I can see how the process of forgiveness unfolds. I do not see how compassion is possible.

    When self-importance and self-isolation are temporarily suspended, compassion enters naturally. Probably for most of us, it first arises from a deep connection to the suffering of another. In time, it becomes compassion for self. For some, it is a gift that flows from genuine prayer. There is no rejection in compassion, nothing to be changed. It is the deepest embrace of the way things are.

    You seem to suggest that there is no such thing as compassionate action.

    When compassion moves towards action, it becomes mercy. These are two different states, two different qualities. It is easier to be merciful. Mercy only requires pity in which I do not suffer with you. In zikr, the invocation begins: Bismillah ir-Rachman ir-Rahim. We begin in the name of the most Compassionate and Merciful.  He is Compassionate as well as Merciful. It is very sobering to realize that He also suffers.

    Compassion Prayer

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  • January 10, 2016

    You say we should deepen our love. How are we to do that?

    I think perhaps you did not quite hear what I said. What I said, or meant to say, was ‘may our love be deepened’. This is a prayer, a request for something that I cannot bring about for myself. Love is not something I can generate or command.

    In our work, there are four transformative energies that humans can participate in—sensitivity, consciousness, attention and love. Each stands successively above the other. Love is the highest of them, beyond everything that we can manage or control. Love has the power to change us fundamentally, to redeem, even to resurrect. By comparison, all other agents of change are diminished.

    Love is governed by its own laws and answers to no one. Nonetheless, there are certain actions which may help to bring love into us, if we are courageous enough to wish for this.

    Can I remember the feeling of being loved? Perhaps this memory can be quickened by attention, enabling me to call upon love with a similar voice.

    Love is received in the heart, the organ of feeling. An open heart, a broken heart, accommodates love; a hardened, embittered heart does not. The suffering and sacrifice of ordinary life can reliably supply all the heartbreak we need. Can I accept it without resentment or self-pity? Can I patiently clear away the psychic structures, needs and identifications that define me? They take up room that is needed for love.

    Can I reduce my need for other things?

    Can I make myself attractive to love? Love seems to prefer the humble, the simple, the sincere, the unassuming, the undemanding.  Observing self objectively, I may come to these qualities naturally. Knowing self reduces self-importance, which love does not favour.

    Can I learn to care for someone more than myself? You may think that caring comes from love but I think it is often the other way around. Learning to care for another brings you to the doorstep of love. Making another more important than yourself is agonizing but potent magic.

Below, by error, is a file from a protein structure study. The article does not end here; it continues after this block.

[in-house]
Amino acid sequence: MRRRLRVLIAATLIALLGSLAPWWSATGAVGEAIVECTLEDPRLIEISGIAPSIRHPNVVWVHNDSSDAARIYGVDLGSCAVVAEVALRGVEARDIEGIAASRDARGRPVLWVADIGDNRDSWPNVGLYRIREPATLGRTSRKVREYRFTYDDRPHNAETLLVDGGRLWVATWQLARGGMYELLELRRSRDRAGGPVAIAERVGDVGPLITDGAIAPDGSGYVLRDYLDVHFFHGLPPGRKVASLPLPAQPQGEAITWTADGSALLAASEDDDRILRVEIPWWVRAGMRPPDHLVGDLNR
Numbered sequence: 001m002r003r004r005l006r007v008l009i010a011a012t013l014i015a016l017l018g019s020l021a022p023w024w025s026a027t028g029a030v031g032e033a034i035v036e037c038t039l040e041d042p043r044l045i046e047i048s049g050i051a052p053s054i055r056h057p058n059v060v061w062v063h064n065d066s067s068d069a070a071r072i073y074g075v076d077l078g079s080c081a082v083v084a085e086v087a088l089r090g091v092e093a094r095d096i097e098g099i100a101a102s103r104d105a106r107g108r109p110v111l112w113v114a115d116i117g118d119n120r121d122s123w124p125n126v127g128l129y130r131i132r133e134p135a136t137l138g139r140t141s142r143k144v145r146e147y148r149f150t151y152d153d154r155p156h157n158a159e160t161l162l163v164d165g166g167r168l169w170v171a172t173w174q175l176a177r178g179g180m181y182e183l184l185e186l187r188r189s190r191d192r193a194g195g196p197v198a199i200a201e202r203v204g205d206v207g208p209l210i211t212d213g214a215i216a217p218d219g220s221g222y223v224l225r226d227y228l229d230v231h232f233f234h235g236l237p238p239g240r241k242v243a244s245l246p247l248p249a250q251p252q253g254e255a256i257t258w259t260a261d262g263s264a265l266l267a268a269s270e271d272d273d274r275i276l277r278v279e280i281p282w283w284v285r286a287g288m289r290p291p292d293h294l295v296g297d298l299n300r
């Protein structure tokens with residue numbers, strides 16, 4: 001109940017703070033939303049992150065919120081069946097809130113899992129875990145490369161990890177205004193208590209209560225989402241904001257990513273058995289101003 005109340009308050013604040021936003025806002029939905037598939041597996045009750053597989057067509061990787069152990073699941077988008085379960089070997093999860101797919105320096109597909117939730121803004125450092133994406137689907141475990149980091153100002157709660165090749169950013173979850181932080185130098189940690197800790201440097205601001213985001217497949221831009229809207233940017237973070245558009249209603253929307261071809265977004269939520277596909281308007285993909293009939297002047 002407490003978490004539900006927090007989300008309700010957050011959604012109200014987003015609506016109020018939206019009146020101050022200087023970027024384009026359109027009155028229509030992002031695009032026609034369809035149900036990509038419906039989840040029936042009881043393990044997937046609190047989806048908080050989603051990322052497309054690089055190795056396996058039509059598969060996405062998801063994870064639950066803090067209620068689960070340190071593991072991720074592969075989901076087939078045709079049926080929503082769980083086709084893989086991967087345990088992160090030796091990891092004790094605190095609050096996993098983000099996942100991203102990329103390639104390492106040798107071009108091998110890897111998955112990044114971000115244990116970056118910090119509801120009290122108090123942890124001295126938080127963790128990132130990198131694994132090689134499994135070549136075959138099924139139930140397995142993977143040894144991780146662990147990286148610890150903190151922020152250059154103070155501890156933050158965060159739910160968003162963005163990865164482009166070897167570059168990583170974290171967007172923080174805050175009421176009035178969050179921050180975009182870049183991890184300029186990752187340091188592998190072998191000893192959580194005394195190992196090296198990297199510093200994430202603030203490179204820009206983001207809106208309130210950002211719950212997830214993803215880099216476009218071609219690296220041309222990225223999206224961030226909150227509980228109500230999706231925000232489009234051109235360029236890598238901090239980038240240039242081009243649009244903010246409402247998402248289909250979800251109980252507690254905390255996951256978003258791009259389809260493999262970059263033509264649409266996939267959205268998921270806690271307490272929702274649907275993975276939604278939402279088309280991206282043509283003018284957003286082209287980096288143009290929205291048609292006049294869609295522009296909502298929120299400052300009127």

Consider that you may have access to a feeling that can introduce you to love. Compassion and longing may serve although they lack the risks that accompany love. Some of the ancient heart-gestures that are now all but lost may also bring you to love, such as glorification or adoration. If you somehow have access to these, you are well on the way.

    The greatest love is love of the Absolute. Love of others can be a preparation for this love. But love of the Absolute is also unlike any other love. This love is found through the experience of being loved unconditionally, as only the Absolute can love. It begins with being seen.

    One more word of advice: accept no substitutes. Sentimentality is not love. Affection is not love. Know love by its combination of pleasure and pain, sufficiency and insufficiency, sorrow and joy.

    Related Post:

    Love – Jan 1, 2016

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  • January 1, 2016

    We rarely talk about love and its relevance to the spiritual path.

    Yes, that is true. Perhaps that has to do with the fact that while it is the most basic and powerful of all qualities, love is also the most misunderstood.

    It is common to view love as always good, unfailingly positive. But I would say it is beyond what we consider to be good or positive. In what I am about to say, please understand that I have not travelled the full length of the path of love but I have seen the signs and know something of the route.

    When all else is stripped away, is it not love that remains, if anything? Love is not merely affection, nor is it romantic. In the beginning, love by its very nature deceives the one who loves, who thinks that love and all its satisfactions can be won. The deception continues until there is no longer one who loves, only love itself.  Love is the ultimate motive behind all other motives and its ultimate aim and satisfaction is love alone.

    The fullness of love is therefore the death of self, the annihilation of the one who loves. This annihilation is not peaceful or gentle, rather it is a slow process of exquisite suffering in which the limitations of the one who loves are ruthlessly exposed and burned away. Along the way, love brings us the agony of attachment in which our dearest wishes for the ones we love are broken.

    Hatred, envy and greed are thought to be love’s opposites but are they not actually imperfect expressions of love? Love itself moves these deviations that take us far from love. Love itself sustains its counterfeits, the aims we pursue as substitutes for love. Therefore, we could say that the opposite of love is not hate but apathy.

    As Rumi says:

    The way sticks and pieces of dead grass and leaves
    Shift about in the wind;
    The directions of rain and puddle-water on the ground;
    Those motions are all a following
    Of the love they have been given.

    From this perspective, the Universe is an act of love and love stands behind its forms and gestures, perhaps to find a worthy response in our love of the Absolute beyond name and form.

    May our love be deepened.